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Institutional Economic Theory Economics 451 University of Missouri-Kansas City. Essay 2 Topics. Topic 1 - Discuss the Institutionalist theory of human nature a. Key points of theory b. Compare to standard theory.
University of Missouri-Kansas City
Topic 1 - Discuss the Institutionalist theory of human nature
a. Key points of theory
b. Compare to standard theory
Topic 2 - Discuss the concept of culture and its relation to the Veblenian dichotomy
a. Principal elements of culture
b. Key elements of Veblenian dichotomy
White divides the components of culture into four categories: ideological, sociological, sentimental or attitudinal, and technological.
Of the four mentioned categories of culture‑‑ the technological is that which is most basic. White writes: "The technological basis of cultural systems is rather easily demonstrated. All living organisms can maintain themselves as individuals and perpetuate themselves as species only if a certain minimum adjustment to the external world is achieved and maintained. There must be food, protection from the elements, and defense from enemies. These life‑sustaining, life‑perpetuating processes are technological in a broad, but valid, sense; i.e., they are carried on by material, mechanical, biophysical, and biochemical means."
White continues, "It is fairly obvious that the social organization of a people is not only dependent upon their technology but is determined to a great extent, if now wholly, by it. both in form and content. As a matter of fact, a social system might well be defined as the way in which a society makes use of its particular technology in the various life‑sustaining processes: subsistence, protection from the elements, defense from enemies, combating disease, etc.... A hunting people will have one type of social organization as a consequence of this kind of activity, i.e., the use of certain technological implements; an agricultural, pastoral, or industrial people will have another cast to its social system."
The influence of the technology upon the social organization of a particular culture is expressed in two ways.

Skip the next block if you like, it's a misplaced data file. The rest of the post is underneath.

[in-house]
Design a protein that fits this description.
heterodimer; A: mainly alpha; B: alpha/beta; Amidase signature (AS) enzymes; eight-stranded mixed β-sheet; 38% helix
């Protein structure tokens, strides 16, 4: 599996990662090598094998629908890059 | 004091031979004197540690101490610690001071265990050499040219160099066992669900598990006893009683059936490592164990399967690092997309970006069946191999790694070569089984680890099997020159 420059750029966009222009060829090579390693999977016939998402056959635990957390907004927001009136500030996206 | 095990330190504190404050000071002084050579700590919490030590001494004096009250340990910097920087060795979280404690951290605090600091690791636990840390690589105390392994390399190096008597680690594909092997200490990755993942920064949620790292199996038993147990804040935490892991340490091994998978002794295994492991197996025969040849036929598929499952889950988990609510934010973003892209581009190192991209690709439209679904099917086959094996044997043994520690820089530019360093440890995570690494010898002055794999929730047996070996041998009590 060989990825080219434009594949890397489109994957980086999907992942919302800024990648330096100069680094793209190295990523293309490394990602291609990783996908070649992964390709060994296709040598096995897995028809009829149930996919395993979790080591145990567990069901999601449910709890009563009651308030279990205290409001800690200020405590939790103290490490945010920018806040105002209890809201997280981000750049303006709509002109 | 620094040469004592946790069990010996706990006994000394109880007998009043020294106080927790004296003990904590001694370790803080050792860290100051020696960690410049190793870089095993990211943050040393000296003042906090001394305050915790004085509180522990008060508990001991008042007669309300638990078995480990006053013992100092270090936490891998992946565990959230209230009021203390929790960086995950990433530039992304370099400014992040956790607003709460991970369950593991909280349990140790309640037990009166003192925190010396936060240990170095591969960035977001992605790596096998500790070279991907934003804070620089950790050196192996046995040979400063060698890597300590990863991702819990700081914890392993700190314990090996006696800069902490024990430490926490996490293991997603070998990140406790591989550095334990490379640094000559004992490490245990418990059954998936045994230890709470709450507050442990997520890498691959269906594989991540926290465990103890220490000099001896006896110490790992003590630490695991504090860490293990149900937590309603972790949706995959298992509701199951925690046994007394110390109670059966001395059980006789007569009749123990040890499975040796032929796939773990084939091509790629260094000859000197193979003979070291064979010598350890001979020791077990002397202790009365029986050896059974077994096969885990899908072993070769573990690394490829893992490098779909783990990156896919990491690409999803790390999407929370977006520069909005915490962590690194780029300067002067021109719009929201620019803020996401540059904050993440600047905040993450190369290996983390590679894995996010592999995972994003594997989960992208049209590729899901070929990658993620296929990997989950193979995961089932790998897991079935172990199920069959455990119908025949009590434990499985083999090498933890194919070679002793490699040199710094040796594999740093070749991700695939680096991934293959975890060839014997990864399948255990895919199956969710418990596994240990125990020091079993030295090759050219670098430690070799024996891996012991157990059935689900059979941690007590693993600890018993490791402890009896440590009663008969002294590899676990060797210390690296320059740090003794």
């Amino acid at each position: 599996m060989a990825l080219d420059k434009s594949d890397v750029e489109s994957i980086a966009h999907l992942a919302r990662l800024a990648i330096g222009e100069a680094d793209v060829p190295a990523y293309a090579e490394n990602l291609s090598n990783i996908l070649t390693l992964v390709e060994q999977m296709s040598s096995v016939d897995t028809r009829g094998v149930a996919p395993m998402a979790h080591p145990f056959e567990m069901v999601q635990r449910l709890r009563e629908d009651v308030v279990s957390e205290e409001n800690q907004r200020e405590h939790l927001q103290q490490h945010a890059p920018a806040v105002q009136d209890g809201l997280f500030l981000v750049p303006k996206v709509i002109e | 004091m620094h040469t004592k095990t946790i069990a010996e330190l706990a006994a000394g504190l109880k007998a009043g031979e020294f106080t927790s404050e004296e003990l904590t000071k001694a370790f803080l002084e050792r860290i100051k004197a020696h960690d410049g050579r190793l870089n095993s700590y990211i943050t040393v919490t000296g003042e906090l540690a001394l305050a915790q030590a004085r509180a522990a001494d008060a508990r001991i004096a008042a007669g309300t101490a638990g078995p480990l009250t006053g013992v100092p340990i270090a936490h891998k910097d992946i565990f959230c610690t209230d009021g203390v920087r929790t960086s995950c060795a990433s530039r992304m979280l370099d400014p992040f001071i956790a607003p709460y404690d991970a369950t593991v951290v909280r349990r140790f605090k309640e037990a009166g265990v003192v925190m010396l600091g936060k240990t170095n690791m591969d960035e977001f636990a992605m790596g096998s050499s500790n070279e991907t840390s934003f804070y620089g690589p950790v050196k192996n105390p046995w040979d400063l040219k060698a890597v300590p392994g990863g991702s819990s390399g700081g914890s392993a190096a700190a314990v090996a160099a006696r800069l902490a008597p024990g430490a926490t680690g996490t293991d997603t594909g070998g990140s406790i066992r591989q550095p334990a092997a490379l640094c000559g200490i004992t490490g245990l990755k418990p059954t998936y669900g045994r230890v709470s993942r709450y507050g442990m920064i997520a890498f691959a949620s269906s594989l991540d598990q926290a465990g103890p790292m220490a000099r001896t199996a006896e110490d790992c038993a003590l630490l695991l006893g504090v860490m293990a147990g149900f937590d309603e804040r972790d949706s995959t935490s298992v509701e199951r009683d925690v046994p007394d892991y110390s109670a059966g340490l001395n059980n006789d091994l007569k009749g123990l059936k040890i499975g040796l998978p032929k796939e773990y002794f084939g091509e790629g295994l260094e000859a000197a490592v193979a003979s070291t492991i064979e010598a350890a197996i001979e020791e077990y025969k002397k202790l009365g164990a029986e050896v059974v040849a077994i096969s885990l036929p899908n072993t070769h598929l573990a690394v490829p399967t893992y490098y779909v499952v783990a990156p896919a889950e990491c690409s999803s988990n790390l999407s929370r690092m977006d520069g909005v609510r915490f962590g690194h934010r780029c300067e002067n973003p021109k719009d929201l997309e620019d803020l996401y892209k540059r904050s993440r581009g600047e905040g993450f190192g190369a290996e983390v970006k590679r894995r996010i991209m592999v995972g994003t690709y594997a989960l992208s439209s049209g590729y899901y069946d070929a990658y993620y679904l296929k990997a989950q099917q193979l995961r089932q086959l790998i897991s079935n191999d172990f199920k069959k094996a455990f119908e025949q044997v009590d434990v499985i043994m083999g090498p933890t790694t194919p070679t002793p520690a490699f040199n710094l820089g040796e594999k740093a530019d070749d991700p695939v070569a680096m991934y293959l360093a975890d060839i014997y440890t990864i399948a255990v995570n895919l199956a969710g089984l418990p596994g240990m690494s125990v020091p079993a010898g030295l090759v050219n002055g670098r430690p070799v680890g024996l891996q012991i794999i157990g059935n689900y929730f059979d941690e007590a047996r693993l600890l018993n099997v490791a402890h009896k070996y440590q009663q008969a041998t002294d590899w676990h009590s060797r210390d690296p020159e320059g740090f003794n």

There is the direct effect of the technological instruments upon the behavior of human organisms.
Second on the social level the instruments relate to one another in a manner designed to make an integrated coherent, social system possible.
Standards of behavior vs real behavior
Trobriand Islanders ‑ incest taboo‑ they show horror at it and seek ways to thwart supernatural punishment.
Trobrinaders ‑ spirit conception of offspring ‑ matrilineal, mothers brother has important social position and it would be subversive for father to be biologically connected.
Forces in Culture: Creative—Permissive—Restrictive
Culture as the combination of symbols and tools S x T = C
What is a symbol?
What is a sign?
William G. Sumner --Mores principle – cultures have gathered beliefs, traditions, myths, legends, rites, and so on that are unique to that culture and make no sense (are irrational) outside of that culture.
Dualism involves two separate roots—
Greek dualisms such as mind - body
Dichotomy involves one root with two separate branches–
Workmanship ‑‑ Predation
Industrial ‑‑ Pecuniary
Making goods ‑- Making money
Clothing ‑‑ Dress
Serviceability ‑‑ Vendibility
Idle Curiosity ‑‑ Vested Interest
Industrial Arts ‑‑ Pecuniary Arts
Machine Process ‑‑ Conscientious Withdrawal of Efficiency
Functional Consumption ‑‑ Conspicuous Consumption
And several more
Tools & Skills
The Veblenian Dichotomy
Myth, Legend, Tradition
Although there is enormous diversity of ceremonial patterns of different societies in different parts of the world, and also great differences in ceremonial patterns of the same society over time, as, e.g., the differences between ancient and modern Italian society, nevertheless, it is possible to identify some major features of ceremonies.
1. Power, authority, class inequality, rank, status, superior/ subordinate are based on the ceremonial aspect and all purport to rest on differences in competence and hence are quasi-technological; Veblen described this as "ceremonial adequacy."